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The role of predation and food limitation on claims for compensation, reindeer demography and population dynamics
- Tveraa, Torkild, Stien, Audun, Brøseth, Henrik, Yoccoz, Nigel G., Hayward, Matt
- Journal of applied ecology 2014 v.51 no.5 pp. 1264-1272
- Gulo gulo, Lynx, biodiversity, carnivores, conflict management, data collection, demography, ecosystems, extinction, herds, humans, models, monitoring, population growth, predation, predators, recruitment, reindeer, stakeholders, tundra, Norway, Scandinavia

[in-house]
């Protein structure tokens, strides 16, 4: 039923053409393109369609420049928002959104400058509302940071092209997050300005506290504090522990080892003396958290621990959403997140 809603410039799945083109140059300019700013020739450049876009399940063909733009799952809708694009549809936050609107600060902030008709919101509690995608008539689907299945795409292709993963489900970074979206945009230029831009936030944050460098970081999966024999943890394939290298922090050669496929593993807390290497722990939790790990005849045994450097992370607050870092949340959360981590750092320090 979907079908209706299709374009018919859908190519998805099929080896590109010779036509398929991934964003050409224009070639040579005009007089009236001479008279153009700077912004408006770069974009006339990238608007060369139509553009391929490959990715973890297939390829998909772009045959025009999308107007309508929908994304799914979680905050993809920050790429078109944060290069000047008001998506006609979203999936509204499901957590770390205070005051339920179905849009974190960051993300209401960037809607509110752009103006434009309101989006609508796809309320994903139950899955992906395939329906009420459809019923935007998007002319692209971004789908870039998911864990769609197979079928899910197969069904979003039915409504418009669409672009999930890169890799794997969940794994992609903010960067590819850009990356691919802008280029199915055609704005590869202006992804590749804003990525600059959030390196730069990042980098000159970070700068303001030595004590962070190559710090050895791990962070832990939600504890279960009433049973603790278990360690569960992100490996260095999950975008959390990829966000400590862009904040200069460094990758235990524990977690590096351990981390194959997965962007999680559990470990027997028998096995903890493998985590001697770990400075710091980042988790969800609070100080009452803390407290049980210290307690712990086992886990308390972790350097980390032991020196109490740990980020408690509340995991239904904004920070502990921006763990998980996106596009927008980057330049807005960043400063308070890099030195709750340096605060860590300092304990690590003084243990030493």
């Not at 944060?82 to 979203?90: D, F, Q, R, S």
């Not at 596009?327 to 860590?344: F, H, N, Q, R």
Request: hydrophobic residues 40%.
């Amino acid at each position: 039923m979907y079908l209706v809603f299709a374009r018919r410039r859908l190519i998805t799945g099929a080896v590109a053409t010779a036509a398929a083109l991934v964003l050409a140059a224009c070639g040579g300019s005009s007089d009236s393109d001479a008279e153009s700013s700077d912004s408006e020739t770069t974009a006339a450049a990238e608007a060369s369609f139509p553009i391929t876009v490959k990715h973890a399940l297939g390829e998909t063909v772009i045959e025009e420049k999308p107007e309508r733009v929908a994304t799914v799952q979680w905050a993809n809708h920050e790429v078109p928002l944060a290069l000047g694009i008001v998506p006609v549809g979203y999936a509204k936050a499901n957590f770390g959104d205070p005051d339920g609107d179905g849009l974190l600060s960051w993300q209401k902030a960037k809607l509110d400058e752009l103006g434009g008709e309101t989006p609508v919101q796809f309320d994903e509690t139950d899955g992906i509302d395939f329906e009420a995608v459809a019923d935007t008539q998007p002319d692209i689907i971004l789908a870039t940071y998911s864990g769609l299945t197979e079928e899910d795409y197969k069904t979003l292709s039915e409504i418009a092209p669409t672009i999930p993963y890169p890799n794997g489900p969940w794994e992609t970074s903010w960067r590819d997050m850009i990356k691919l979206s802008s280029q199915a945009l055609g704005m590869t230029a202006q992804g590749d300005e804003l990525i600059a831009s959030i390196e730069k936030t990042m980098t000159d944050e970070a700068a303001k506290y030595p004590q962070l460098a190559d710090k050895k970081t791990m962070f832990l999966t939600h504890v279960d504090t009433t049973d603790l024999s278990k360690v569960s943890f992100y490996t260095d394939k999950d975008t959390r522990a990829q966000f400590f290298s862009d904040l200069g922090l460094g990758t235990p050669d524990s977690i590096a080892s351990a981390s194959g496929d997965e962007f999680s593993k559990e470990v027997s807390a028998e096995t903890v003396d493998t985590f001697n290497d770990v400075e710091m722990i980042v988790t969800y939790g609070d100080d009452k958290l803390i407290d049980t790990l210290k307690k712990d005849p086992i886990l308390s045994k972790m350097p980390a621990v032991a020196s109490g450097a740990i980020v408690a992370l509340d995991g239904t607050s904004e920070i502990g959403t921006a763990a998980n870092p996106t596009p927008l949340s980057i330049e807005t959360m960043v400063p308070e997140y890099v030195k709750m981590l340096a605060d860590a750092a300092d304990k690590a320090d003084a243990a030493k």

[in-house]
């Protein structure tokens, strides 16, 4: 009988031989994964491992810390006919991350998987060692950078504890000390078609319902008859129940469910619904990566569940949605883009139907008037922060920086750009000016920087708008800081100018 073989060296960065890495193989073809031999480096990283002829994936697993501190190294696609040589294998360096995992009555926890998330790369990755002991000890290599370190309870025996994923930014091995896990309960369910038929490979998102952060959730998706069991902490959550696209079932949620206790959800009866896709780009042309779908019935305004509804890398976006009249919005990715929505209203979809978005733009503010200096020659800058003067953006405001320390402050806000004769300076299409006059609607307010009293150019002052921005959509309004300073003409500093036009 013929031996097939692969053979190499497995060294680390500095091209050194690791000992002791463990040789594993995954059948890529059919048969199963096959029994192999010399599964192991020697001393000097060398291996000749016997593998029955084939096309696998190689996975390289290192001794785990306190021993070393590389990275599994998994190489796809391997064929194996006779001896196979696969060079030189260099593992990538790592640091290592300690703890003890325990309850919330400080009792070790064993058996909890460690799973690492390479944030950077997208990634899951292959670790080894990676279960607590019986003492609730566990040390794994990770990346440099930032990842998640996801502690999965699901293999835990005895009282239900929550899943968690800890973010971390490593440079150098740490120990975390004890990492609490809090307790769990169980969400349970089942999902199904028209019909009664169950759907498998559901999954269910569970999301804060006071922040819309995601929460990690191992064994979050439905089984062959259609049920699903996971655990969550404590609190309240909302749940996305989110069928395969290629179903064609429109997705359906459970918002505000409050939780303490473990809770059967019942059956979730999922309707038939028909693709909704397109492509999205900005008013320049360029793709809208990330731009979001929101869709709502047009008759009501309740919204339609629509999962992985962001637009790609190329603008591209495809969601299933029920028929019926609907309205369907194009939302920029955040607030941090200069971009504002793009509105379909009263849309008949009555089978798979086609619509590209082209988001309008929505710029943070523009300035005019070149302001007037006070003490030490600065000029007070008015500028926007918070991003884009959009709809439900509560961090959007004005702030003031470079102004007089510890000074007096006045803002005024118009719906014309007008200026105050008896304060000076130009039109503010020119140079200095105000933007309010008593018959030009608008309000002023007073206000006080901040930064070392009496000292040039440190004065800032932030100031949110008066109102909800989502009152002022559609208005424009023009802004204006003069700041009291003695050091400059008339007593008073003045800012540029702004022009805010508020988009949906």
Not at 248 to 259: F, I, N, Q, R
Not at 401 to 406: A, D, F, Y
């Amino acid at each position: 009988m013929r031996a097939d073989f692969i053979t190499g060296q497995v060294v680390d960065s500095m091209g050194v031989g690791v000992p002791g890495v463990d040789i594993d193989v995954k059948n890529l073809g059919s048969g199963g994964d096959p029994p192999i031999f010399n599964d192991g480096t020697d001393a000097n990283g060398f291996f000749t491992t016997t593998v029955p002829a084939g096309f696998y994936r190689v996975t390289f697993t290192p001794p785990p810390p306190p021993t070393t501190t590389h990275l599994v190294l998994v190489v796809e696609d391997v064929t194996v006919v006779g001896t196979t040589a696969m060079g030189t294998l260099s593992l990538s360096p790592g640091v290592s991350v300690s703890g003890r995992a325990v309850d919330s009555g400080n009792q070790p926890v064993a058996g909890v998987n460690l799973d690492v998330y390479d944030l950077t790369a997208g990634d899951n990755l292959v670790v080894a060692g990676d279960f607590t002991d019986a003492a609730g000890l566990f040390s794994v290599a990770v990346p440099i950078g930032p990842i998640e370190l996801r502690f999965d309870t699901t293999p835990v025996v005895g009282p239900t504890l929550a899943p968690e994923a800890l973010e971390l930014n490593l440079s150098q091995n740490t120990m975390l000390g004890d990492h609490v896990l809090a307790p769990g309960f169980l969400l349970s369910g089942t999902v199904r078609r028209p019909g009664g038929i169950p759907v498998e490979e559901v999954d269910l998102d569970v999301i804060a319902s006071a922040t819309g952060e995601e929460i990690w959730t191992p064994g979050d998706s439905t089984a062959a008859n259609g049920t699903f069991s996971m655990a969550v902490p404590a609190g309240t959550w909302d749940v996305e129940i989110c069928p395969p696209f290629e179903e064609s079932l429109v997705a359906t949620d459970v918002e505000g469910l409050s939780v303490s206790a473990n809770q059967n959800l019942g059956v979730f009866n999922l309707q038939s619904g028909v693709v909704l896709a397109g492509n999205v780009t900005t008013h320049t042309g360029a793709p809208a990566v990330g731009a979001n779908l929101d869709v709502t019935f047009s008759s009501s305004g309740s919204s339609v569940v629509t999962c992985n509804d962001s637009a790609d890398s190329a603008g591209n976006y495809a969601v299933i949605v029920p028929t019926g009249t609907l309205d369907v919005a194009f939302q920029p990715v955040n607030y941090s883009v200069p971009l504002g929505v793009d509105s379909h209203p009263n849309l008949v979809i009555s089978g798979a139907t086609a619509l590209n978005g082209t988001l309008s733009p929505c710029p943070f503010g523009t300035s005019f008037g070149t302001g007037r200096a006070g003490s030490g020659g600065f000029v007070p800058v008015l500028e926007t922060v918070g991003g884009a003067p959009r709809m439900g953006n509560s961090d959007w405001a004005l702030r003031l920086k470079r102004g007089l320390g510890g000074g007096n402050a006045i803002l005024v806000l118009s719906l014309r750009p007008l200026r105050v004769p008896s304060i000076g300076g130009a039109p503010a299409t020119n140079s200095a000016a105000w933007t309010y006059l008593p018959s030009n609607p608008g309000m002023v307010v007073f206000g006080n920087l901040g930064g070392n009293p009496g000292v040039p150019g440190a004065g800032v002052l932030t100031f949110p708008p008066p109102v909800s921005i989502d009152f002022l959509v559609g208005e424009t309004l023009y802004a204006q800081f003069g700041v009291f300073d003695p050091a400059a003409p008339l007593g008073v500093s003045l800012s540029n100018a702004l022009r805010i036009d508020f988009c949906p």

- A major challenge in biodiversity conservation is to facilitate viable populations of large apex predators in ecosystems where they were recently driven to ecological extinction due to resource conflict with humans. Monetary compensation for losses of livestock due to predation is currently a key instrument to encourage human–carnivore coexistence. However, a lack of quantitative estimates of livestock losses due to predation leads to disagreement over the practice of compensation payments. This disagreement sustains the human–carnivore conflict. The level of depredation on year‐round, free‐ranging, semi‐domestic reindeer by large carnivores in Fennoscandia has been widely debated over several decades. In Norway, the reindeer herders claim that lynx and wolverine cause losses of tens of thousands of animals annually and cause negative population growth in herds. Conversely, previous research has suggested that monetary predator compensation can result in positive population growth in the husbandry, with cascading negative effects of high grazer densities on the biodiversity in tundra ecosystems. We utilized a long‐term, large‐scale data set to estimate the relative importance of lynx and wolverine predation and density‐dependent and climatic food limitation on claims for losses, recruitment and population growth rates in Norwegian reindeer husbandry. Claims of losses increased with increasing predator densities, but with no detectable effect on population growth rates. Density‐dependent and climatic effects on claims of losses, recruitment and population growth rates were much stronger than the effects of variation in lynx and wolverine densities. Synthesis and applications. Our analysis provides a quantitative basis for predator compensation and estimation of the costs of reintroducing lynx and wolverine in areas with free‐ranging semi‐domestic reindeer. We outline a potential path for conflict management which involves adaptive monitoring programmes, open access to data, herder involvement and development of management strategy evaluation (MSE) models to disentangle complex responses including multiple stakeholders and individual harvester decisions.